The electrolytic operation is carried out while repeating the replenishment of sponge titanium and the replacement of cathode bars. At each time of replenishing the sponge titanium, the TiCl2 and TiCl3 concentrations of the electrolysis bath are analyzed to confirm that the average atomic valency is from 2.1 to 2.3 and the TiCl2 is from 5.5 to 6% by weight. Unless the air is invaded, the average atomic valency and the TiCl2 content do not virtually change during the above described procedures. The electrolysis can therefore readily be continued after the replenishment of sponge titanium.
In order to continuously and stably carry out the electrolysis and to obtain high-purity titanium having a low oxygen content and, hence, a high quality, it is necessary that the oxidizing action due to oxygen-invasion be prevented as described above. Oxygen invasion could occur if there were leaks from the ambient atmosphere into the electrolytic apparatus, or directly from the body of the sponge titanium. The sponge titanium has from 0.7 to 1 kg/l of bulk density, which is very low and which results in a decrease in the charging amount of sponge titanium in the electrolytic cell. This leads to a hindrance in productivity, an increase in the replenishing amount of sponge titanium, and an increase in the danger of air invasion. A high ratio of sponge titanium due to its low bulk density inevitably leads to the accompanying of air with the sponge titanium when it is charged in an electrolytic cell. When the air invades into the normally inert atmosphere, the atomic valence of titanium is detrimentally influenced, and, further, the oxygen content of the electro-deposited titanium is directly increased by such invading oxygen. Therefore, as the bulk density of sponge titanium, which is used as the raw material and replenishing material, is higher, the electrolysis result is better. In a preferred embodiment of the present invention, the sponge titanium is briquetized in metal dies by means of a press. The true density of the briquetized sponge titanium is preferably 3.0 kg/l or more. Note, the true densities of titanium and sponge titanium are 4.5 kg/l and from 0.7 kg/l to 1.0 kg/l, respectively. The briquetizing of sponge titanium is effective not only for a countermeasure against the oxygen invasion but also from a point of view of enhancing the productivity and smooth continuous operation.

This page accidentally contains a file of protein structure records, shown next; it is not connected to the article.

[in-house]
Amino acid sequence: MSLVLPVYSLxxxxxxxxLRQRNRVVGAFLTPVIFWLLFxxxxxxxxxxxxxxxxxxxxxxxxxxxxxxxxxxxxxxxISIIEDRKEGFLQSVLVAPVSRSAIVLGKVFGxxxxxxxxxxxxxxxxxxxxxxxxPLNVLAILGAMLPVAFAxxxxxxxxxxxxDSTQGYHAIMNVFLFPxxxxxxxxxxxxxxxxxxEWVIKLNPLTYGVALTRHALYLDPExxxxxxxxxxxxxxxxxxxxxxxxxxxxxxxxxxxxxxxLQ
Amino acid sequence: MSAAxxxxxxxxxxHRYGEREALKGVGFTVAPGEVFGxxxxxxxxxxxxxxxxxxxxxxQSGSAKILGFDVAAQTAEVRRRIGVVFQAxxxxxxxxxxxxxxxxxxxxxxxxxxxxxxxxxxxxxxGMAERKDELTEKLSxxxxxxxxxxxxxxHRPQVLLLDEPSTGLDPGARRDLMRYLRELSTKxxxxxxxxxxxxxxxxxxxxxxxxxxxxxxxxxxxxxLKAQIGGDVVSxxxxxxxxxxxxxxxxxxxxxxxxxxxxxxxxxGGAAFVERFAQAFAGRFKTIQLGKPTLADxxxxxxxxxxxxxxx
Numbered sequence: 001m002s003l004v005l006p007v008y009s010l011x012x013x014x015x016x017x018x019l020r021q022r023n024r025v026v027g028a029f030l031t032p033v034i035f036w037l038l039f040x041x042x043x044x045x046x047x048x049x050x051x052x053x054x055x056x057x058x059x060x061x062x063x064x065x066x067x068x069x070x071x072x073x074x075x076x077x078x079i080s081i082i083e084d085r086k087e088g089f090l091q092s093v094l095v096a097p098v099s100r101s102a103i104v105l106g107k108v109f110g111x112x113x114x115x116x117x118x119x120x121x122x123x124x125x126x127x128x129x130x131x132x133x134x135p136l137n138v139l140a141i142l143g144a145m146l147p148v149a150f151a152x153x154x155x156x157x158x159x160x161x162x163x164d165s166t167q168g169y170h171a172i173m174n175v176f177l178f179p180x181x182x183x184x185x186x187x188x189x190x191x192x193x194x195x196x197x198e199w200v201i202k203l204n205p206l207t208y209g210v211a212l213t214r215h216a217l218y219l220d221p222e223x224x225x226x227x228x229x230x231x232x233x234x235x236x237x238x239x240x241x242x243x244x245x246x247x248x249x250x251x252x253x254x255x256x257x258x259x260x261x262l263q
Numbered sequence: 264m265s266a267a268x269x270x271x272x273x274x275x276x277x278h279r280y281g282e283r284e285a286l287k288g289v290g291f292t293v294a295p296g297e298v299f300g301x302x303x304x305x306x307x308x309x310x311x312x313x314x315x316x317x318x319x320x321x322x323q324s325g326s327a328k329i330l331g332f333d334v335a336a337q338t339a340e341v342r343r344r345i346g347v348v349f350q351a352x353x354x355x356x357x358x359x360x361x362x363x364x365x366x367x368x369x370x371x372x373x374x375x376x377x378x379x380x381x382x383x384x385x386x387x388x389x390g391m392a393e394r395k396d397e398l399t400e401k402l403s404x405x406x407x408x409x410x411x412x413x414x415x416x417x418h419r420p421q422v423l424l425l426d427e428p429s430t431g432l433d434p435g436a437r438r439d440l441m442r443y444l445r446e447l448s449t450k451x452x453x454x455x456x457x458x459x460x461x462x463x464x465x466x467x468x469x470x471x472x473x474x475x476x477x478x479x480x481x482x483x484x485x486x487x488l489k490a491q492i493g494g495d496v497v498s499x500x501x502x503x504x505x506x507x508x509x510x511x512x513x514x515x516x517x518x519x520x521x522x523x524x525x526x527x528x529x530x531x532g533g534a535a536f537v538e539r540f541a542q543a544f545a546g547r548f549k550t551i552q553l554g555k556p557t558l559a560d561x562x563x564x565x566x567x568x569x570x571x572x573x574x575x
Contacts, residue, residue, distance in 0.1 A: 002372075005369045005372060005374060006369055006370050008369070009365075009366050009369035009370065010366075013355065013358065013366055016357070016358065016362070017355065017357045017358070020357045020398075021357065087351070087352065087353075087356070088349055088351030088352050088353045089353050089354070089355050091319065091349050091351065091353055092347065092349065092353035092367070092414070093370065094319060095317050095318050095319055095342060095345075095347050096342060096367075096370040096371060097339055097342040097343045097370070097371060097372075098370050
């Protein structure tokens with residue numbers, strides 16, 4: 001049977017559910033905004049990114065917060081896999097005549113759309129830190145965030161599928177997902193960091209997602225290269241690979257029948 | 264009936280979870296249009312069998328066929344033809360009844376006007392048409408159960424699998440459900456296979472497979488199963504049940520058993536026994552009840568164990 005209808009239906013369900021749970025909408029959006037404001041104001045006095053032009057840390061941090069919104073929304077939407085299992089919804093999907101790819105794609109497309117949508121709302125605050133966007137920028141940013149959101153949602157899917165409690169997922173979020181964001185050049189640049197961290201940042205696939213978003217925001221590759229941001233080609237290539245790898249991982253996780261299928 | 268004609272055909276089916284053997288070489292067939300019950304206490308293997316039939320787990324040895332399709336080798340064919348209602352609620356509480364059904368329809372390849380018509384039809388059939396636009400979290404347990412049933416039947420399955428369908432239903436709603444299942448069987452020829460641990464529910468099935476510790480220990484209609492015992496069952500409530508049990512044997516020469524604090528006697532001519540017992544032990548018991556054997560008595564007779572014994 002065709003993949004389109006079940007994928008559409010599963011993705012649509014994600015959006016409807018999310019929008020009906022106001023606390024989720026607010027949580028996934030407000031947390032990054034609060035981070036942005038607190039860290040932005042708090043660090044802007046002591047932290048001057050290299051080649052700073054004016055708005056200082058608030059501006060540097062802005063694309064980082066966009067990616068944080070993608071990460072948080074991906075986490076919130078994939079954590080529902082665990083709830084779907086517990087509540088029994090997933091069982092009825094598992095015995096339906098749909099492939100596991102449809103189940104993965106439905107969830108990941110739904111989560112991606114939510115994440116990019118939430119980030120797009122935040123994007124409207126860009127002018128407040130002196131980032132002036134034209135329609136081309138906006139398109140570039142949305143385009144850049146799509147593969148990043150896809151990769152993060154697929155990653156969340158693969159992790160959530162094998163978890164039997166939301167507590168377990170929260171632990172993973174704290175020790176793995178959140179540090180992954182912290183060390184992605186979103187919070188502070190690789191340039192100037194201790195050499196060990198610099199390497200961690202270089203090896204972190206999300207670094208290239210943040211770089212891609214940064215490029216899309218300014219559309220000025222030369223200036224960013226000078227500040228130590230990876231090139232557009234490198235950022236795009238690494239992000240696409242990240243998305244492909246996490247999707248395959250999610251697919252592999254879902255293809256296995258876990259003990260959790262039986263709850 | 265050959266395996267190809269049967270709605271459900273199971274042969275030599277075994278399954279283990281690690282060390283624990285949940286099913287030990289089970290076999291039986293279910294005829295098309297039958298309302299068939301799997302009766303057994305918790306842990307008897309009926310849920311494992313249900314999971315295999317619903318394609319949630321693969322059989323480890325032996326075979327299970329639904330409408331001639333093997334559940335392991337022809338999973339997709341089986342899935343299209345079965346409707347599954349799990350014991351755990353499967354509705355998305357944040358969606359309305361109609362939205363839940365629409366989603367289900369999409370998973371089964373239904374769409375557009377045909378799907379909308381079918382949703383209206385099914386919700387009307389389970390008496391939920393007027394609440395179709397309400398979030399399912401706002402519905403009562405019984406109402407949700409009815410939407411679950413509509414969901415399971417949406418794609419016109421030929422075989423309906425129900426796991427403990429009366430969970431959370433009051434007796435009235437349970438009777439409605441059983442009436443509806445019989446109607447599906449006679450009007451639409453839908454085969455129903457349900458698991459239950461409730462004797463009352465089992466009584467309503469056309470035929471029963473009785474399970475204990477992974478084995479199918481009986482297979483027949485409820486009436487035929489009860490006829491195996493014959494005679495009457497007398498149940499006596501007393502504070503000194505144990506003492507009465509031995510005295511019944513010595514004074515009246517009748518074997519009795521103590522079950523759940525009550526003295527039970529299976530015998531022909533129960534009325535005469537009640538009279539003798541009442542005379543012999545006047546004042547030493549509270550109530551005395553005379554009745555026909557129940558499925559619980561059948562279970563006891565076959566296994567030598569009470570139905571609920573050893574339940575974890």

As is described in the operation example, the anode pipes are lifted when adjusting the bath and replenishing the sponge titanium. The cathode bar 9 is also lifted when lifting the electro-deposited titanium. When the anode pipes 7 and the cathode bar 9 are slid relative to the insulating seals 13b and 13a, respectively, the air is likely to invade at the insulating seals 13a, 13b. In order to prevent this, a special sealing mechanism is provided in accordance with the present invention so as to seal the anode pipes and the cathode bar.
Referring to FIG. 2, an embodiment of the sealing mechanism is illustrated. Reference numeral 16 commonly denotes the anode pipe and the cathode bar. A sleeve 17 made of polytetrafluoroethylene (Teflon, ŽDupont) is inserted between the anode pipe or cathode bar 16 and the pipe 21 which is secured on the flange 22. The sleeve 17, therefore, electrically insulates the pipe 21 from the anode pipe or cathode bar 16 and permits a slidable vertical movement of the anode pipe or cathode bar 16. The sleeve 17 consists of two vertically divided portions, between which the packing, such as the O ring 18, is sandwiched and tightly mounted on the anode pipe or cathode bar 16. A rubber gasket 19 is preferably sandwiched between the top end of the anode pipe or cathode bar and the flanged top of the lower portion of the sleeve 17. The O ring 18, and if applicable the rubber gasket 19, maintain the seal during the vertical movement of the anode pipe or cathode bar 16. A water-cooled jacket 20 is preferably provided so as to protect the sleeve 17 and the 0 ring 18 from thermal damage.